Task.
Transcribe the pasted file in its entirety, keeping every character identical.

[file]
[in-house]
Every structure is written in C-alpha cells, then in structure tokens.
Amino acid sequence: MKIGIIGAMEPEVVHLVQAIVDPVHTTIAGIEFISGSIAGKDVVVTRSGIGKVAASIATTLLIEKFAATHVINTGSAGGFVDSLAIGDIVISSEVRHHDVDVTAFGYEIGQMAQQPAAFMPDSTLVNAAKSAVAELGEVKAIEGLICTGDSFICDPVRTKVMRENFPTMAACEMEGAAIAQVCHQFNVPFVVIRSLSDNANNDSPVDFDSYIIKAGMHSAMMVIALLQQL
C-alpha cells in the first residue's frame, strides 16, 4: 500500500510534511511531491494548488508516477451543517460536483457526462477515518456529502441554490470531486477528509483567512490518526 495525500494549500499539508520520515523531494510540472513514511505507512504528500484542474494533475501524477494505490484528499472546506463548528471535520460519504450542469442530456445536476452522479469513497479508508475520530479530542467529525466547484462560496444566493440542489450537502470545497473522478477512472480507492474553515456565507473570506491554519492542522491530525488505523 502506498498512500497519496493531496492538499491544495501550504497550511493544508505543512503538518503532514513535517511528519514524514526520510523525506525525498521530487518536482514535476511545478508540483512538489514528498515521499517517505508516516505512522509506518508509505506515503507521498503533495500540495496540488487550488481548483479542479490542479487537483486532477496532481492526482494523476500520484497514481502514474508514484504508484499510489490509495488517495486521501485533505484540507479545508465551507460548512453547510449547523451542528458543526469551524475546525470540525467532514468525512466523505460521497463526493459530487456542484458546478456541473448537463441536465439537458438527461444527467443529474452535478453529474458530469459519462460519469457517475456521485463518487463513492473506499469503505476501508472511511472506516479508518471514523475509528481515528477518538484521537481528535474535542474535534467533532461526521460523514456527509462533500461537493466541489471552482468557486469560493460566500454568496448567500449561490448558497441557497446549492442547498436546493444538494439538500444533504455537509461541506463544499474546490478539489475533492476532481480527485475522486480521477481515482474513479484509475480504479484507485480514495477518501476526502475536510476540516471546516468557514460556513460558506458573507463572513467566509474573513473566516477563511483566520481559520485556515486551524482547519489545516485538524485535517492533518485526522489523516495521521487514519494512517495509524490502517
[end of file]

[in-house]
Every structure is written in C-alpha cells, then in structure tokens.
Amino acid sequence: MKIGIIGAMEPEVVHLVQAIVDPVHTTIAGIEFISGSIAGKDVVVTRSGIGKVAASIATTLLIEKFAATHVINTGSAGGFVDSLAIGDIVISSEVRHHDVDVTAFGYEIGQMAQQPAAFMPDSTLVNAAKSAVAELGEVKAIEGLICTGDSFICDPVRTKVMRENFPTMAACEMEGAAIAQVCHQFNVPFVVIRSLSDNANNDSPVDFDSYIIKAGMHSAMMVIALLQQL
C-alpha cells in the first residue's frame, strides 16, 4: 500500500510534511511531491494548488508516477451543517460536483457526462477515518456529502441554490470531486477528509483567512490518526 495525500494549500499539508520520515523531494510540472513514511505507512504528500484542474494533475501524477494505490484528499472546506463548528471535520460519504450542469442530456445536476452522479469513497479508508475520530479530542467529525466547484462560496444566493440542489450537502470545497473522478477512472480507492474553515456565507473570506491554519492542522491530525488505523 502506498498512500497519496493531496492538499491544495501550504497550511493544508505543512503538518503532514513535517511528519514524514526520510523525506525525498521530487518536482514535476511545478508540483512538489514528498515521499517517505508516516505512522509506518508509505506515503507521498503533495500540495496540488487550488481548483479542479490542479487537483486532477496532481492526482494523476500520484497514481502514474508514484504508484499510489490509495488517495486521501485533505484540507479545508465551507460548512453547510449547523451542528458543526469551524475546525470540525467532514468525512466523505460521497463526493459530487456542484458546478456541473448537463441536465439537458438527461444527467443529474452535478453529474458530469459519462460519469457517475456521485463518487463513492473506499469503505476501508472511511472506516479508518471514523475509528481515528477518538484521537481528535474535542474535534467533532461526521460523514456527509462533500461537493466541489471552482468557486469560493460566500454568496448567500449561490448558497441557497446549492442547498436546493444538494439538500444533504455537509461541506463544499474546490478539489475533492476532481480527485475522486480521477481515482474513479484509475480504479484507485480514495477518501476526502475536510476540516471546516468557514460556513460558506458573507463572513467566509474573513473566516477563511483566520481559520485556515486551524482547519489545516485538524485535517492533518485526522489523516495521521487514519494512517495509524490502517